You bet. Looking forward to the hacking.html update!
On May 15, 2009, at 4:47, Gavin Baumanis <gavinb_at_thespidernet.com>
> Hi Stefan,
> Thanks for the review.
> The text itself wasn't really a patch as such... more-so the intent of
> what it was saying.
> I guess what I really was after was whether or not the information was
> useful to be documented... and if it was, then, where was the
> "right" place to document.
> Though with your review and Greg's comments... seems like I have some
> work to do!
> Thanks again for the help.
> On 15/05/2009, at 9:14 PM, Stefan Sperling wrote:
>> On Fri, May 15, 2009 at 11:50:39AM +1000, Gavin Baumanis wrote:
>>> My intent wasn't so much about any particular "thing".
>>> More a case of for my own documentation as the current PM and for
>>> next person who comes after me...
>>> it'd be nice to know - as opposed to guessing...
>>> "What do I do as PM - when the dev list receives a patch for XXX. "
>>> Perhaps even a list of (for want of a better word - though I know
>>> technically wrong) "root" directories...
>>> So a patch for HACKING under the PM role might be something like;
>> If you send a proper patch, I will commit it :)
>> But don't forget the log message ;)
>>> The following paths are Subversion Project managed.
>> "... managed by the Subversion project" ?
>> Everything except "contrib".
>>> Patch submissions that have not received a response should;
>>> * Be pinged on the dev mailing list.
>> I'd put this here instead of below:
>> * When pinging the dev list ensure that you CC the "owner" too.
>>> * Added to the issue tracker after (xxx) days of further silence.
>> Don't really know what a good value for xxx is. 14?
>>> The following paths are not managed by the Subversion Project.
>>> /PathA : managed by ProjectA/ListA - Contactme_at_projectA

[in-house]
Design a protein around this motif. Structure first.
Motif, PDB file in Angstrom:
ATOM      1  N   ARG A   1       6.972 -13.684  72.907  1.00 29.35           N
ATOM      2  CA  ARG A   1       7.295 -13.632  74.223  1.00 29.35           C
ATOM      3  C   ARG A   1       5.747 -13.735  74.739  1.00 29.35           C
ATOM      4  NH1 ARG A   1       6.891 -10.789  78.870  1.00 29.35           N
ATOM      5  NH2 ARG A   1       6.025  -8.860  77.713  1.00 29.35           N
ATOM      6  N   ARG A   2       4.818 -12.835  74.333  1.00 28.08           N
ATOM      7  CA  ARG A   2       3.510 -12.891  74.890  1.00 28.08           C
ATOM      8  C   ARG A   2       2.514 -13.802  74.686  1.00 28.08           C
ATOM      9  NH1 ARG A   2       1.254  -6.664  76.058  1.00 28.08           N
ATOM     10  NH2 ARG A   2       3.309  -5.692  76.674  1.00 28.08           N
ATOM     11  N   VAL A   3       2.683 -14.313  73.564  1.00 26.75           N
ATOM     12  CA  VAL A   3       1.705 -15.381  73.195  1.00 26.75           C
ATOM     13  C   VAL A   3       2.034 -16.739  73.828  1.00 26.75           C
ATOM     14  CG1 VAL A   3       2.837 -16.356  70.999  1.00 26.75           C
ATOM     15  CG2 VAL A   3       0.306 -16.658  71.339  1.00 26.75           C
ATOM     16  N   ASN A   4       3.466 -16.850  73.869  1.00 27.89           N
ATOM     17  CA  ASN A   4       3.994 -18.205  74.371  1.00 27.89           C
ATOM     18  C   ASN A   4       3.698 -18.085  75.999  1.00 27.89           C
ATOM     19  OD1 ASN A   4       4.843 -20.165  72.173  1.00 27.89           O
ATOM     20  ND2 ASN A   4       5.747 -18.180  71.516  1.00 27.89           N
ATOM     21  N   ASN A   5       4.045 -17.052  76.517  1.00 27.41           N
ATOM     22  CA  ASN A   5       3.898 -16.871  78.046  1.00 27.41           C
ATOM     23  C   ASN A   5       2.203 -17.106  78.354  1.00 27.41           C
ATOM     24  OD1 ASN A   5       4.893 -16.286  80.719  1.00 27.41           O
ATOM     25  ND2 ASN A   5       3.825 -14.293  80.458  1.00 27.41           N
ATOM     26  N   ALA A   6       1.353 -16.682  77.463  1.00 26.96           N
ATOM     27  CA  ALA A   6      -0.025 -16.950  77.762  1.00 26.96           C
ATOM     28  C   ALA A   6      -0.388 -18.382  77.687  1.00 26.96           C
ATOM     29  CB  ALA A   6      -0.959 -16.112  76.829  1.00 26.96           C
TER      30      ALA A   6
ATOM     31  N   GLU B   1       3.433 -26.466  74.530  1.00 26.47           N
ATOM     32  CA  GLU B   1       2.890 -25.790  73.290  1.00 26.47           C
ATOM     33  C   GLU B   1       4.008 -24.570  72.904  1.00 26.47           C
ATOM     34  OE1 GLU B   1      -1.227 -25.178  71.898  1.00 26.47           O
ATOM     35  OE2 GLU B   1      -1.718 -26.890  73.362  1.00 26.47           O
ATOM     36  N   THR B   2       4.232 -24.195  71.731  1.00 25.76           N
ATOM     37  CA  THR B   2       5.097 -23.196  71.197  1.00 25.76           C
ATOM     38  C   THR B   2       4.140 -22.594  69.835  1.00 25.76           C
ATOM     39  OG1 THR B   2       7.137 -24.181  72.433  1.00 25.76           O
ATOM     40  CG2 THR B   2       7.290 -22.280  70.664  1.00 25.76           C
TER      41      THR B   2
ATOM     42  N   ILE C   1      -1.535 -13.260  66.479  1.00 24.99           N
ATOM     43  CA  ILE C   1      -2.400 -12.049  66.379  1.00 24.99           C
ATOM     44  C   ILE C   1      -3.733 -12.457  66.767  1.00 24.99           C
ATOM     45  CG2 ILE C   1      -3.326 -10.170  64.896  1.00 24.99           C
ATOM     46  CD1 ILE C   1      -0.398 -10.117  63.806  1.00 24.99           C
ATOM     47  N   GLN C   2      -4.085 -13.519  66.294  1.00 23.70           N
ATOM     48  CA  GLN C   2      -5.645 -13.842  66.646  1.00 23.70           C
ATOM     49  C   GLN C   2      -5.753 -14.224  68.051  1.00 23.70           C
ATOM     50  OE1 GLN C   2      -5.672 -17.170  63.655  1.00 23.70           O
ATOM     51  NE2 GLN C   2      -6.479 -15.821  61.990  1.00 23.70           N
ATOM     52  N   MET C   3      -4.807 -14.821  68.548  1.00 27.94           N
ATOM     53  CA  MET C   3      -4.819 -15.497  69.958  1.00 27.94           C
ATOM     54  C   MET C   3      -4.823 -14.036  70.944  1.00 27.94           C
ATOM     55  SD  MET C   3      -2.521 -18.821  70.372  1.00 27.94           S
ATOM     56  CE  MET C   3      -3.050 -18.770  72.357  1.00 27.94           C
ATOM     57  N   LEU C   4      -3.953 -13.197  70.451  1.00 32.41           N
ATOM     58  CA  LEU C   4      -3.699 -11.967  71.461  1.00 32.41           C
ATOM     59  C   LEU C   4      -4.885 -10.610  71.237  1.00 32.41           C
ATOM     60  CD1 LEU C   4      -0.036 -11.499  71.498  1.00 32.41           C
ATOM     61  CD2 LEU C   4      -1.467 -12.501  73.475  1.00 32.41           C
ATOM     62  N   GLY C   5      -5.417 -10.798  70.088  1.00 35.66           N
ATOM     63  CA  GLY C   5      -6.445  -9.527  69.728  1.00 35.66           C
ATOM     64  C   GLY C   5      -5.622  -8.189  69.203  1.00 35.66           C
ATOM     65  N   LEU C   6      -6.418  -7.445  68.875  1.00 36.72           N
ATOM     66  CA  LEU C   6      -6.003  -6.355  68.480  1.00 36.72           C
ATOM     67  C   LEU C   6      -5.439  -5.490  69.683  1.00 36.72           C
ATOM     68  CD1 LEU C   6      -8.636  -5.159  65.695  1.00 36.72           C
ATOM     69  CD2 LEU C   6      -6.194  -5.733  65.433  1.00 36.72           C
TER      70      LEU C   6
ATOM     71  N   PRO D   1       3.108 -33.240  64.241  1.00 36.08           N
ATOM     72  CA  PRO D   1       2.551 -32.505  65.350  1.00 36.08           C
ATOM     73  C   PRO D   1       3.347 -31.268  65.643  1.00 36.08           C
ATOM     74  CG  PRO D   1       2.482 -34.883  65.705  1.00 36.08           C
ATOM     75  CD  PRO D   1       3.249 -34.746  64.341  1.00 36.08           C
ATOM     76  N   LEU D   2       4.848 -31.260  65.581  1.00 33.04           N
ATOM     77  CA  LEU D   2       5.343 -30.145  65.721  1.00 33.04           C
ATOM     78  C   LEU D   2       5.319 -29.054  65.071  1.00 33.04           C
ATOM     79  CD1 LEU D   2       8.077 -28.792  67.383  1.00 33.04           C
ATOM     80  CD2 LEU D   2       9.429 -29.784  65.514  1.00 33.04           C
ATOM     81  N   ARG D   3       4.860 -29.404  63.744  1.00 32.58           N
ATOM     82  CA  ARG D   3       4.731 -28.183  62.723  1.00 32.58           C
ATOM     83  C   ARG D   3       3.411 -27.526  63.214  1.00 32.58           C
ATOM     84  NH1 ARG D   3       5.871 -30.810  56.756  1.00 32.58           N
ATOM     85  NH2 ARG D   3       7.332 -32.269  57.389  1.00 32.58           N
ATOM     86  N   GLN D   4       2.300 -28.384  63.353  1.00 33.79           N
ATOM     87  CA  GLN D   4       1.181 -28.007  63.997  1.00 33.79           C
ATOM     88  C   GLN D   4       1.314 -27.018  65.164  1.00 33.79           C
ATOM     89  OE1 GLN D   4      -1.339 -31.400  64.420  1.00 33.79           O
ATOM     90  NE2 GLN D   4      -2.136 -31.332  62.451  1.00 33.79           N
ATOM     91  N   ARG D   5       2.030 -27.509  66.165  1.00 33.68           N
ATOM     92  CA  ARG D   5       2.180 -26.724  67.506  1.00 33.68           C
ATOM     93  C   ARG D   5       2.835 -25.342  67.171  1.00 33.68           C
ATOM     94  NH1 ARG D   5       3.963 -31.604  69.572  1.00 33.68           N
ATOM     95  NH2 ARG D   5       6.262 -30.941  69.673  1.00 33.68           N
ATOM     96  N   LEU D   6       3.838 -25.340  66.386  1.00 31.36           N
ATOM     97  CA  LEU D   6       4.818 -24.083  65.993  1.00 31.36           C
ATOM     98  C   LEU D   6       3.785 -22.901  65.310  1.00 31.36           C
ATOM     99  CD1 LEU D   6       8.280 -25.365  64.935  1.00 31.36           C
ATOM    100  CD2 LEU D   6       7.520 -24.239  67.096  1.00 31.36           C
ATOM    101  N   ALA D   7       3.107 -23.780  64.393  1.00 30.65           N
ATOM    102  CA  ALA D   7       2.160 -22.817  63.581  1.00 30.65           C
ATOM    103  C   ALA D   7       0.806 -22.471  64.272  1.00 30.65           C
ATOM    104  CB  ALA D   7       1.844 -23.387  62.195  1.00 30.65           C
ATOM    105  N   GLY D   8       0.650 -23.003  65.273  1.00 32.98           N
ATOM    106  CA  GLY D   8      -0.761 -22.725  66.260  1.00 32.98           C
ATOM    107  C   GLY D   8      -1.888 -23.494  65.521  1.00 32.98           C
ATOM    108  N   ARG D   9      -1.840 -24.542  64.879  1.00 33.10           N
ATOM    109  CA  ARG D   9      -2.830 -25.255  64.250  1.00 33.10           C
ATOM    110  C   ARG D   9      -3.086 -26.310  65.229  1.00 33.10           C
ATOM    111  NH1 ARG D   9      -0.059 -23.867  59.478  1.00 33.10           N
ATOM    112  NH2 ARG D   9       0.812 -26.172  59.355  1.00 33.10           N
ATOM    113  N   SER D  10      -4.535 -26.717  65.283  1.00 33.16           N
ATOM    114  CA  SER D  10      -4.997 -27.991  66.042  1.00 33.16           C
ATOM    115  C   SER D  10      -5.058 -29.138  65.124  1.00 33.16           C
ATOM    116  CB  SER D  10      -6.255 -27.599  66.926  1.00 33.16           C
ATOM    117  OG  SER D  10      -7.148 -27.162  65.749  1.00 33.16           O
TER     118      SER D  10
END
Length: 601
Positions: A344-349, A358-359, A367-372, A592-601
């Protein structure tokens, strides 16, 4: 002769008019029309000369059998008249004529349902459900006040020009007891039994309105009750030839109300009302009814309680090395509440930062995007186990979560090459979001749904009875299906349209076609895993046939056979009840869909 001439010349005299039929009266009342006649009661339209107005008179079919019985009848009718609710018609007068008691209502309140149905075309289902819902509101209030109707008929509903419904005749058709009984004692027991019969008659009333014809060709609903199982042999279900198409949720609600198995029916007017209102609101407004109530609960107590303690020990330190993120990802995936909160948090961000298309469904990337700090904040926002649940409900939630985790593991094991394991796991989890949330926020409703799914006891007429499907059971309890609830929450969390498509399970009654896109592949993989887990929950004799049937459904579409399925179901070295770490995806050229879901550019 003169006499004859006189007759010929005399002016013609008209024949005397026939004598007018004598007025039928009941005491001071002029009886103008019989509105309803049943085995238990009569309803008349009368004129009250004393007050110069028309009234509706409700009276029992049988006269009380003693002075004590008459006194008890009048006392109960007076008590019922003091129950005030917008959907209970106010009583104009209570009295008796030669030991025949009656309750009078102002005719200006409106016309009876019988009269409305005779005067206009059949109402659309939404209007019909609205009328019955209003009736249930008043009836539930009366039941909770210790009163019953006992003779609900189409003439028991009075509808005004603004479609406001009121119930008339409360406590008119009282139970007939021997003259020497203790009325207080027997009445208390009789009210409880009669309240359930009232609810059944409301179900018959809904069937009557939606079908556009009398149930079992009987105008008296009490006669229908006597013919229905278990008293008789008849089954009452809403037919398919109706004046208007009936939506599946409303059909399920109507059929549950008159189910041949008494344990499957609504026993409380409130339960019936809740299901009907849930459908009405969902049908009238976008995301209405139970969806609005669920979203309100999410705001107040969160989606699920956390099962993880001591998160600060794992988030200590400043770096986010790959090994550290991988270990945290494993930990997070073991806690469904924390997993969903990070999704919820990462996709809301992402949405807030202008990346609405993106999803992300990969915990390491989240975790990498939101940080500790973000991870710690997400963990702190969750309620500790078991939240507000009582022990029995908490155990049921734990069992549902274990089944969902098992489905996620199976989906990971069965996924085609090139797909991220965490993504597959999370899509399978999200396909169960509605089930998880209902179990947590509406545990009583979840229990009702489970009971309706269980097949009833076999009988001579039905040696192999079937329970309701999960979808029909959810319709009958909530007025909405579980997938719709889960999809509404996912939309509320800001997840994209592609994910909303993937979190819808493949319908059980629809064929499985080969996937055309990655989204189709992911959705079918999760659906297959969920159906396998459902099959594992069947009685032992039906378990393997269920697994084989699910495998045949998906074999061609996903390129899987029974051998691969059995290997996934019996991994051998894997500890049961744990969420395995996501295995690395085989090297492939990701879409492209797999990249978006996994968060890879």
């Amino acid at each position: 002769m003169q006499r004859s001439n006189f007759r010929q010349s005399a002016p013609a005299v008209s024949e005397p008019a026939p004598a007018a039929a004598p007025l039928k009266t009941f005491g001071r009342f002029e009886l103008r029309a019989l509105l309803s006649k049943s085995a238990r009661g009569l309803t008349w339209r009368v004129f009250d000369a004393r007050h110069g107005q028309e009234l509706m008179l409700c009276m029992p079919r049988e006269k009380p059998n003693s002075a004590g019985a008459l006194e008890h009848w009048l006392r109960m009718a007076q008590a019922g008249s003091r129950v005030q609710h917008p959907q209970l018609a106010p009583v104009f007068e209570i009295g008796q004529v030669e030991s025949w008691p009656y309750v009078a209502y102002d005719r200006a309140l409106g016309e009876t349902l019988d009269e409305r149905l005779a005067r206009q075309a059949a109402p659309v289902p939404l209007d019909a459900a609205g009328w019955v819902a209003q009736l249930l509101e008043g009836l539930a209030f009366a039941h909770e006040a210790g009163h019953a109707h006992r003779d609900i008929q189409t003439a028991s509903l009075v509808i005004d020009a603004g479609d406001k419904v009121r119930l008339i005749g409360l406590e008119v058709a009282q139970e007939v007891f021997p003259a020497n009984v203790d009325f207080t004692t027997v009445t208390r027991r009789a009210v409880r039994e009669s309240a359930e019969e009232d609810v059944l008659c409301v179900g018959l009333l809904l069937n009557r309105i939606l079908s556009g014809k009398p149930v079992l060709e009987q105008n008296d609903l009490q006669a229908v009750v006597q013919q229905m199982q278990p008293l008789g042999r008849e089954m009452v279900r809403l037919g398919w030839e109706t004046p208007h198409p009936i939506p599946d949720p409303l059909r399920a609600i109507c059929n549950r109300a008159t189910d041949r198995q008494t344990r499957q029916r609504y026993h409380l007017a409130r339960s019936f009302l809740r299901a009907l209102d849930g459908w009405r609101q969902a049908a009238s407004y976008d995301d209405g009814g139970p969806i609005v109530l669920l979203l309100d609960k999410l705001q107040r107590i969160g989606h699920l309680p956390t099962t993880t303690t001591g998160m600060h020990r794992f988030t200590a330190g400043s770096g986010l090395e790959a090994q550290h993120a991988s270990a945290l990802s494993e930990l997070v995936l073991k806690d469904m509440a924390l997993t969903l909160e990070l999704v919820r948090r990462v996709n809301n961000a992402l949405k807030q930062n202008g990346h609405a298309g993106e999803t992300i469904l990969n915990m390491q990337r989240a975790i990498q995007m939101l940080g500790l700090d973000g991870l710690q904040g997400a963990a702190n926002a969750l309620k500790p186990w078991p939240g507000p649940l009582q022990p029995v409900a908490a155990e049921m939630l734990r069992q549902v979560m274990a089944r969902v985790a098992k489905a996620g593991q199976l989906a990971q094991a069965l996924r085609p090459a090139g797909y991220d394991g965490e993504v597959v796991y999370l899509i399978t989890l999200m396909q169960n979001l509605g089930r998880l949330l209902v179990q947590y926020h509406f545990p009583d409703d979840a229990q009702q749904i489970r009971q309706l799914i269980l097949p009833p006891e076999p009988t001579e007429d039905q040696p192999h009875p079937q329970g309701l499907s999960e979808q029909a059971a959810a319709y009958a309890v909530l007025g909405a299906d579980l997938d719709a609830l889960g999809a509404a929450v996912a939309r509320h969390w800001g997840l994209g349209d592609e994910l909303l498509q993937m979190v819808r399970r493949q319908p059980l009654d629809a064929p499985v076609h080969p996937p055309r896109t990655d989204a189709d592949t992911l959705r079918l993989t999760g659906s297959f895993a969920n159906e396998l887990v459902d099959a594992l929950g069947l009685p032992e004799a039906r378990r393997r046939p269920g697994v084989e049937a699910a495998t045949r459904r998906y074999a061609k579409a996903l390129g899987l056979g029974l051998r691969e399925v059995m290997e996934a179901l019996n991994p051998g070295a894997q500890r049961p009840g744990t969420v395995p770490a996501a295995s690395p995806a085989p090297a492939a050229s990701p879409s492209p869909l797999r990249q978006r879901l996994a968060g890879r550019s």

>>> /PathB : managed by ProjectB/ListB - Contactme_at_projectB
>> Instead of splitting things up by path, you could recommend looking
>> into the COMMITTERS file. "Full committers" are responsible for
>> pretty much anything they want to be responsible for.
>> "Partial committers" have an "area" that they want to be responsible
>> for, which is noted in the COMMITTERS file.
>> The area can be a single file, or a collection of files in various
>> directories, or a branch.
>> COMMITTERS is the first place I'd look to get this kind of
>> And if it is not there, then the Subversion logs might help.
>> I don't think trying to split things up by path and maintaining that
>> list in HACKING is going to work in the long term.
>>> * When pinging the dev list ensure that you CC the "owner" too.
>>> * these patches do / do not (I don't know which) get added the issue
>> Put them all into the issue tracker, please.
>> There are good reasons for putting a patch that has gotten no
>> attention yet into the issue tracker. People will stumble upon
>> it every now and then while surfing issues, and the patch gets
>> a name (the issue ID).
>> The only time patches don't need to go into the tracker is when
>> there already is consensus on the dev list that the patch isn't
>> But note that developers don't always agree with one another.
>> Just one person dismissing the patch is not enough.
>> However, if two or three developers do it, it's a strong indication
>> that others will agree with them.
>> If in doubt, put it into the tracker. The worst thing that can
>> happen is that the issue will be closed.
>>> Just about everyone on the dev list has this knowledge inherently
>>> because you work in the code, you know what belongs where and who to
>>> speak with if you need extra assistance.
>>> A non-committer will not have this information. I currently do not
>>> have this knowledge either.
>> So keep asking questions :)
>> And I appreciate your efforts to document this in HACKING.
Received on 2009-05-15 22:26:36 CEST